Privatization of state-owned companies in South Africa has been a thorny issue for long, but the government seems to be making progress in shedding of some of its loss-making inefficient corporations.
According to a BDlive report, investors have floated proposals to buy shares in Transnet, the country’s state-owned transport and logistics company , and airline assets owned by the government including South African Airways, SA Express, SA Airlink and Mango Airlines.
Lynn Brown, South Africa’s Public Enterprises Minister, Parliament’s portfolio committee on public enterprises on Wednesday that Transnet was looking at attracting private investment in new ports planned for Buchu Bay and Port Nolloth in the Northern Cape, as well the construction of new inland terminals that could be run by the private sector.
In the airline sector, Brown said a proposal to place South African Airways, SA Express, SA Airlink and Mango Airlines under the structure of a holding company was under consideration.
“The question is, should we merge SAA and SA Express, or create a holding company that keeps all four airlines – including Mango and SA Airlink – within our fold?” Fin24 quoted her telling the committee.
“My preferred choice is to merge them so that they still do the things that they were tasked to do.”
South African law allows the government to cede up to 25 percent of the airlines to an equity partner, Brown said, adding that, whatever the outcome of the process, government is sure to seek a strategic partner from the private sector.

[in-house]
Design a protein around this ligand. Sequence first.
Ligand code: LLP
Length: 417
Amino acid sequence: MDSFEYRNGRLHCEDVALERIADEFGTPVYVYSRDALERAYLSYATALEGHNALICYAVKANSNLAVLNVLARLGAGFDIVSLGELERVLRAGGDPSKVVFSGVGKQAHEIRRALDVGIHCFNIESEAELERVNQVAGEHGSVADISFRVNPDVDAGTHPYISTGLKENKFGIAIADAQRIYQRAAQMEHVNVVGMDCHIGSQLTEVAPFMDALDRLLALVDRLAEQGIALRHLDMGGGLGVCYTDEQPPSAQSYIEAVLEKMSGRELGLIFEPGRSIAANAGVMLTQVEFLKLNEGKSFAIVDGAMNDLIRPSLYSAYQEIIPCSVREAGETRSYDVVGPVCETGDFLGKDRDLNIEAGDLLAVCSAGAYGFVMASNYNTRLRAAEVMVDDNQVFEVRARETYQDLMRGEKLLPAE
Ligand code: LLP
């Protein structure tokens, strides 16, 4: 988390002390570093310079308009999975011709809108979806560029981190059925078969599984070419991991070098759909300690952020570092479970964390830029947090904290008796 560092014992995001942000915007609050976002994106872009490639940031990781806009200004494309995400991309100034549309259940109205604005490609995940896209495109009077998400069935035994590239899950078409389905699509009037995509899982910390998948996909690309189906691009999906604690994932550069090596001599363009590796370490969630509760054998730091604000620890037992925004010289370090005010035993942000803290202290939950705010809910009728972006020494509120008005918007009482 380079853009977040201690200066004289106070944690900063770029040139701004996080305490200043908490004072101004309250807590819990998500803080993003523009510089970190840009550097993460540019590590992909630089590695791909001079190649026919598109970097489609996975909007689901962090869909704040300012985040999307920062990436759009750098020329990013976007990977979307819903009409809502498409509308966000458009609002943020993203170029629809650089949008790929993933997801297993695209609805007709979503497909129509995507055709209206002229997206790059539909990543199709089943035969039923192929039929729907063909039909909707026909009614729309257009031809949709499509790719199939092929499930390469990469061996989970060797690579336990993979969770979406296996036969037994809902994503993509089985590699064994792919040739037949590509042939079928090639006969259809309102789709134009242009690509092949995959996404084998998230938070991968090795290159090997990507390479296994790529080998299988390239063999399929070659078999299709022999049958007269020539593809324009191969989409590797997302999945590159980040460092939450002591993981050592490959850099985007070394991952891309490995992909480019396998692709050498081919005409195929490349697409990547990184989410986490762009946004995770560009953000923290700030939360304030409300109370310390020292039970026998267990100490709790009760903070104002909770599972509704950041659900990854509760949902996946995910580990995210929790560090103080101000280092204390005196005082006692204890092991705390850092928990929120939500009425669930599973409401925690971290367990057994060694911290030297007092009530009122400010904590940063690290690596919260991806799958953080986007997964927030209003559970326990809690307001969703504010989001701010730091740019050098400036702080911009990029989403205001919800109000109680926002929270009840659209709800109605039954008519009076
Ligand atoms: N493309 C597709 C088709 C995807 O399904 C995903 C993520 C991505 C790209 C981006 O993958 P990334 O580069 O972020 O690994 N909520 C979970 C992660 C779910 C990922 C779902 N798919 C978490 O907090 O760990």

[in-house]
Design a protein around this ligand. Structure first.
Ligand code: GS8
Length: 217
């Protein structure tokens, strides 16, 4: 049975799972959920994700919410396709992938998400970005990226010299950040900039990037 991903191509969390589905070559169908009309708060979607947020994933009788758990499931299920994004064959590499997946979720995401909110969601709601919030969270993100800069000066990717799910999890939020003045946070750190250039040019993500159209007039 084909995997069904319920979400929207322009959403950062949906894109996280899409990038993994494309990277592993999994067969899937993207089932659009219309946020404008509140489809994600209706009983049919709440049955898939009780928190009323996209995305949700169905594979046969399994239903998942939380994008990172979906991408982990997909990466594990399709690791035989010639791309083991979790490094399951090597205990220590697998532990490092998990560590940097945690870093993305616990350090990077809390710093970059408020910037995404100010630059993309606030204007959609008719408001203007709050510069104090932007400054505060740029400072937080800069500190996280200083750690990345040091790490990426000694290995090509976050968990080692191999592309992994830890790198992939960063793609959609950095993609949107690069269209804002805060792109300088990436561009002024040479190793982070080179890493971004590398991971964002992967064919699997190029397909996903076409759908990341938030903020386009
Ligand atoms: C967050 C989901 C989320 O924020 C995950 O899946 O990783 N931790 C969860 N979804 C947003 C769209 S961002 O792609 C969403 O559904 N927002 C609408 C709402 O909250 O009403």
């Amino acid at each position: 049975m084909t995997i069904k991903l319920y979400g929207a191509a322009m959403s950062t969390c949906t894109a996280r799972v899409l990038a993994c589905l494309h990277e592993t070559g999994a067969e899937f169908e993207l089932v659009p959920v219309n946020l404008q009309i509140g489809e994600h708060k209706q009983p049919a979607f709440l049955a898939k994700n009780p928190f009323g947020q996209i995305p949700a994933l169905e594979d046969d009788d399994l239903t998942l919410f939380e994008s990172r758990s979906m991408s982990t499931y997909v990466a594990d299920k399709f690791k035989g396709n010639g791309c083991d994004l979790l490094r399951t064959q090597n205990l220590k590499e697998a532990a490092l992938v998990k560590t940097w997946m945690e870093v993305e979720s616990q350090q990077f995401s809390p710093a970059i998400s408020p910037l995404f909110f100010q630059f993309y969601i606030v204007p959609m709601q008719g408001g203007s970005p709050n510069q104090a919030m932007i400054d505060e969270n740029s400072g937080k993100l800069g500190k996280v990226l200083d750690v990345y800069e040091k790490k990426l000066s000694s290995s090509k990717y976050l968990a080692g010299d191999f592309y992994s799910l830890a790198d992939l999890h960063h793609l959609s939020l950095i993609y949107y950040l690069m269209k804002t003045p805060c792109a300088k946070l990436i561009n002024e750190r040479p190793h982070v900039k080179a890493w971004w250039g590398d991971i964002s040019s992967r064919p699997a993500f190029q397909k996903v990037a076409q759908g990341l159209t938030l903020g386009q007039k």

State-owned companies were also looking for opportunities to expand markets in Africa.
Transnet ha also set its sights on opportunities in other African countries including Tanzania, Kenya and Burundi; Eskom, South Africa struggling main electricity producer, is eying the Democratic Republic of Congo, Mozambique and Uganda; and SA Express is looking at Ghana.
Several South African state-owned companies are currently experiencing tough financial times and the government has on several occasions been forced to dip into its coffers for bailouts to keep them afloat.
Corruption and poor management have also been blamed for the billion of rand in losses these companies have recorded in recent years.
In 2015, the South African government spent nearly 10 percent of its total annual budget in servicing debts and paying money to help these companies.
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